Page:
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List Entry Summary

This building is listed under the Planning (Listed Buildings and Conservation Areas) Act 1990 as amended for its special architectural or historic interest.


List entry Number: 1257679



The building may lie within the boundary of more than one authority.


District: York

District Type: Unitary Authority


National Park: Not applicable to this List entry.

Grade: II

Date first listed: 14-Jun-1954

Date of most recent amendment: 14-Mar-1997

Legacy System Information

The contents of this record have been generated from a legacy data system.

Legacy System: LBS

UID: 463576

Asset Groupings

This list entry does not comprise part of an Asset Grouping. Asset Groupings are not part of the official record but are added later for information.

List entry Description

Summary of Building

Legacy Record - This information may be included in the List Entry Details.

Reasons for Designation

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Legacy Record - This information may be included in the List Entry Details.


This list entry was subject to a Minor Amendment on 19/06/2012

1112-1/2/438 SE65SW 14/06/54

YORK HESLINGTON ROAD (South side) No.107 The Retreat Hospital

(Formerly Listed as: HESLINGTON ROAD The Retreat (original block))


Mental hospital. 1793-97; extended 1800-30; further extensions and alterations in later C19 and C20: modernised c1960. By John Bevans of London for The Society of Friends: supervised by Peter Atkinson Snr. MATERIALS: orange-cream brick in Flemish bond with brick plinth; stone sills and flat arches of orange brick to all windows; moulded stone cornices to all parts; hipped slate roofs with brick stacks. EXTERIOR: 3-storey 5-bay centre block between 3-storey 6-bay ranges with 2-storey projecting wings at each end: left wing partly rebuilt, right wing is 6 bays. In central block, central pedimented doorcase of attached Tuscan columns and entablature has 6-panel door beneath radial glazed fanlight recessed in round-arched architrave with moulded imposts. Ground and first floor windows of centre block and flanking ranges are 12-pane sashes; on second floor, unequal 9-pane sashes. In the end wings, some original tall small-pane windows have been altered to doors, some 6-panelled. In centre of ground floor are tripartite windows with stone mullions and 15 over 20 pane centre sashes. Some original small pane sash windows survive; others have been replaced by 12-pane sashes with slender glazing bars or C20 cross-windows with casements. Left and right returns: 3-storey 3-bay gable ends to central range, partly obscured by alterations and extensions. On first floor, both have tripartite windows with 12-pane centre sashes; in gable ends are tall radial-glazed small-pane windows in round stone arches set in glazed outer arches of brick. Elsewhere, some original small-pane glazed sashes survive, others are 12-pane sashes. Rear wing to left return: 2 storeys with basement; 7 bays, with full height canted bay in the centre. Basement windows are squat 6-pane lights. On ground and first floors, central windows to left and right of canted bay are tripartite, left one on ground floor blocked, on first floor partly blocked. Canted bay has three unequal 15-pane sashes on ground floor. Except from one original 15 over 15 pane window on first floor, all other windows are 12-pane sashes. Gable ends are pedimented with moulded eaves cornice returned from front and have glazed oculi in the tympanum. Right gable has three 12-pane sashes on ground and first floors: left gable obscured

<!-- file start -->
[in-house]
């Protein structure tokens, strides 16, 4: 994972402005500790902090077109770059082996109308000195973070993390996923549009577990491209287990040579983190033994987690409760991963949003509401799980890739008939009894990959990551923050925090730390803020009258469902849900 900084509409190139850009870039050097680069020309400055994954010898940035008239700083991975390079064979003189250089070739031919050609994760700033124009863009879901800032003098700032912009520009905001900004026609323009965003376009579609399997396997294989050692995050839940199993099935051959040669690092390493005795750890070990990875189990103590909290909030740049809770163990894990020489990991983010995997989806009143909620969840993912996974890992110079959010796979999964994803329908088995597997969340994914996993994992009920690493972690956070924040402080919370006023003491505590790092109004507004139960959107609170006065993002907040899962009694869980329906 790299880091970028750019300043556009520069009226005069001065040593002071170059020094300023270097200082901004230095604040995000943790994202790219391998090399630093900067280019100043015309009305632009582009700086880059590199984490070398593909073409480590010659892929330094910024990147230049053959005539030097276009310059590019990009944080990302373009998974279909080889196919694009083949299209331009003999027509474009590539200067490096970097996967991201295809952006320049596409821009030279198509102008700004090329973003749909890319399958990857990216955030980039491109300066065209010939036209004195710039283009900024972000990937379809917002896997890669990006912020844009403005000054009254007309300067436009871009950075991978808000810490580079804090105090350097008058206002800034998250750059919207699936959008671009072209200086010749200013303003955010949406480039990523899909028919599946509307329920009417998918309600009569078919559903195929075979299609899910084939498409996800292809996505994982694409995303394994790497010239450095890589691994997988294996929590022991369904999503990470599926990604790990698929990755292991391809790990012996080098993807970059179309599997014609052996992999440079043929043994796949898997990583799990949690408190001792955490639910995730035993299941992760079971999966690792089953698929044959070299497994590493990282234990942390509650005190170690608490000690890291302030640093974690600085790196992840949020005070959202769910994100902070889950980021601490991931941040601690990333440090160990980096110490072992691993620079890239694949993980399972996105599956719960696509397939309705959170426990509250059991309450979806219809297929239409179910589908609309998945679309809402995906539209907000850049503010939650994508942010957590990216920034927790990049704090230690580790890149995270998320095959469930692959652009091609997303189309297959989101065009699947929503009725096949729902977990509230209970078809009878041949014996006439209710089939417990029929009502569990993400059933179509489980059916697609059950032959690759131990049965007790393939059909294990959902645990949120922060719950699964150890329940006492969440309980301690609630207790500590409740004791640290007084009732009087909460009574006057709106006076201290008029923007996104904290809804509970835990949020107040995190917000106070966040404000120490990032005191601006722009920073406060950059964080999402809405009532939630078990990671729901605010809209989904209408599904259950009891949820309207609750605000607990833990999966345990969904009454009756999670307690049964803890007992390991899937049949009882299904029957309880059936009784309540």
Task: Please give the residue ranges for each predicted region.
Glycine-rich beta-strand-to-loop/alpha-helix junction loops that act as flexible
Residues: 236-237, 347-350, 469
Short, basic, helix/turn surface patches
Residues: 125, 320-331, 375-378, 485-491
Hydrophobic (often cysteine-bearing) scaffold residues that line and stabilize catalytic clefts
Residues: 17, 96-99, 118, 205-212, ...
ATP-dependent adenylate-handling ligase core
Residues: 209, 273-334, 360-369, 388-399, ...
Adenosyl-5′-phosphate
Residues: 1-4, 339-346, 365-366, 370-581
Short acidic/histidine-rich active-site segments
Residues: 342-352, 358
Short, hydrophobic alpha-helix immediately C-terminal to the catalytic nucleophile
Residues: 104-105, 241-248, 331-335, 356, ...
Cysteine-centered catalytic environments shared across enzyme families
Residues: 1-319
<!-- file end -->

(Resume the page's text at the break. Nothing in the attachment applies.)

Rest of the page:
by extensions. Rear wing to right return: 2 storeys with basement; 10 bays. Basement largely obscured by roofing over of area. On ground floor, at left end a bay has been extended to provide a 1-storey sunroom; above is 5-light canted bay window with transomed casements. Otherwise windows are 12-pane sashes, two at right end blocked. Gable ends treated as for corresponding wing with tripartite window surviving on first floor of right end. INTERIOR: not inspected. HISTORICAL NOTE: the hospital was founded by Henry Tuke and gained an early reputation throughout Europe for its humane treatment of the insane and Quaker asylums in America were modelled on it. Several original small pane sash windows are framed in cast-iron with cast-iron glazing bars and window bars. They function in such a way that the appearance of a barred window is avoided. (An Inventory of the Historical Monuments of the City of York: RCHME: Outside the City Walls East of the Ouse: HMSO: 1975-: 51).

Listing NGR: SE6158250931

Selected Sources

Books and journals
An Inventory of the City of York IV East, (1975), 51

National Grid Reference: SE 61582 50931


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End of official listing